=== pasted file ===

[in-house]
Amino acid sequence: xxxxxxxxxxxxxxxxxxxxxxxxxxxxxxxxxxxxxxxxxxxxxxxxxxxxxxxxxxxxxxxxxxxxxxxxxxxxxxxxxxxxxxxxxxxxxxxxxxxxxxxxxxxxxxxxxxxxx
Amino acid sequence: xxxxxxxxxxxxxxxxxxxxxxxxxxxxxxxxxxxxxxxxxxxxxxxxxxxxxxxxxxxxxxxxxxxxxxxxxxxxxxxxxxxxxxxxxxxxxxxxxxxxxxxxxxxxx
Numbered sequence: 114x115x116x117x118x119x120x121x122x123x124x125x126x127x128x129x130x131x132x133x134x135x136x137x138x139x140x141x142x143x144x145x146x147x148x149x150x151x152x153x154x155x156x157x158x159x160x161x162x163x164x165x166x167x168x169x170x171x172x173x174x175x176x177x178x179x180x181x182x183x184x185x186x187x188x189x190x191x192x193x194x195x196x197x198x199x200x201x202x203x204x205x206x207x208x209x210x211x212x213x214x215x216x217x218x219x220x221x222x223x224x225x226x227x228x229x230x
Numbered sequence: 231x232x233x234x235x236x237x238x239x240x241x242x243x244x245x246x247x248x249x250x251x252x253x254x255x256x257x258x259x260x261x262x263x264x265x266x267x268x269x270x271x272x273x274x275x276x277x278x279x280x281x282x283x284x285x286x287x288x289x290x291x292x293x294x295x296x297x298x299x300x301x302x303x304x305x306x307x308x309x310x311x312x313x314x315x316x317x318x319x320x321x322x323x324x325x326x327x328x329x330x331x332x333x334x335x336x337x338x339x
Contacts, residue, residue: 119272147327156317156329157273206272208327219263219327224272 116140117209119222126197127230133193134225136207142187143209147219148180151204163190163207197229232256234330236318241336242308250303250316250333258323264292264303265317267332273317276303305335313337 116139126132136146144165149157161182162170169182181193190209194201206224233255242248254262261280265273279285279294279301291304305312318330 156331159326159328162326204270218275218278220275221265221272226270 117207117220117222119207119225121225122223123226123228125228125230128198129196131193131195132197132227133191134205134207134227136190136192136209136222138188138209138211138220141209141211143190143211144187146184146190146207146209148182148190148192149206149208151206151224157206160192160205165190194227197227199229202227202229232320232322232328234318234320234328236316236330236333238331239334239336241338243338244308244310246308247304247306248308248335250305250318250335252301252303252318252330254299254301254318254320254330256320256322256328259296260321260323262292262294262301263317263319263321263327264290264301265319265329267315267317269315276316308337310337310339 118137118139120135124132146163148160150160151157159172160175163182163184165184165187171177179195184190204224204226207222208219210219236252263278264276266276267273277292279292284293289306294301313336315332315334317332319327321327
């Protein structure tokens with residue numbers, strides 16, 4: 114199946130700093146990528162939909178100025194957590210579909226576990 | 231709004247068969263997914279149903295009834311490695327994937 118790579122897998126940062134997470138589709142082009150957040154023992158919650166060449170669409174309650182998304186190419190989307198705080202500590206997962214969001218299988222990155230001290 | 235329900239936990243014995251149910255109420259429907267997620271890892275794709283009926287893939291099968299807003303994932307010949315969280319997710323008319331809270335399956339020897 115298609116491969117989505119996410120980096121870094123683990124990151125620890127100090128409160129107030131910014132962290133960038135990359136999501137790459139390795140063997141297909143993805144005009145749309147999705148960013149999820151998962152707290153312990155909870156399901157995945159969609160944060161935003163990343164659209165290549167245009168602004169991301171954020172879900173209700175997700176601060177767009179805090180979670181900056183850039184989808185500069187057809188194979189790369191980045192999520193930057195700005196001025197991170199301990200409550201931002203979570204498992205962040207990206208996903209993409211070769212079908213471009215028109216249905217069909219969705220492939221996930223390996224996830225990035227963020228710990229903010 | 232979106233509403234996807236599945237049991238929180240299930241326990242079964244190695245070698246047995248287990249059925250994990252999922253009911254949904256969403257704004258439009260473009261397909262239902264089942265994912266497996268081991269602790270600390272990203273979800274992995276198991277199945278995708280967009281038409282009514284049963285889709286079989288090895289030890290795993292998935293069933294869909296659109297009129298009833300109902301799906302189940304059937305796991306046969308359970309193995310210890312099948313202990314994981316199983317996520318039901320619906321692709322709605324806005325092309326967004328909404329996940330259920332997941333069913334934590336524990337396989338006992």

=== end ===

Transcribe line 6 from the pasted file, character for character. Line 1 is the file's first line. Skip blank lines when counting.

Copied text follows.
Contacts, residue, residue: 119272147327156317156329157273206272208327219263219327224272 116140117209119222126197127230133193134225136207142187143209147219148180151204163190163207197229232256234330236318241336242308250303250316250333258323264292264303265317267332273317276303305335313337 116139126132136146144165149157161182162170169182181193190209194201206224233255242248254262261280265273279285279294279301291304305312318330 156331159326159328162326204270218275218278220275221265221272226270 117207117220117222119207119225121225122223123226123228125228125230128198129196131193131195132197132227133191134205134207134227136190136192136209136222138188138209138211138220141209141211143190143211144187146184146190146207146209148182148190148192149206149208151206151224157206160192160205165190194227197227199229202227202229232320232322232328234318234320234328236316236330236333238331239334239336241338243338244308244310246308247304247306248308248335250305250318250335252301252303252318252330254299254301254318254320254330256320256322256328259296260321260323262292262294262301263317263319263321263327264290264301265319265329267315267317269315276316308337310337310339 118137118139120135124132146163148160150160151157159172160175163182163184165184165187171177179195184190204224204226207222208219210219236252263278264276266276267273277292279292284293289306294301313336315332315334317332319327321327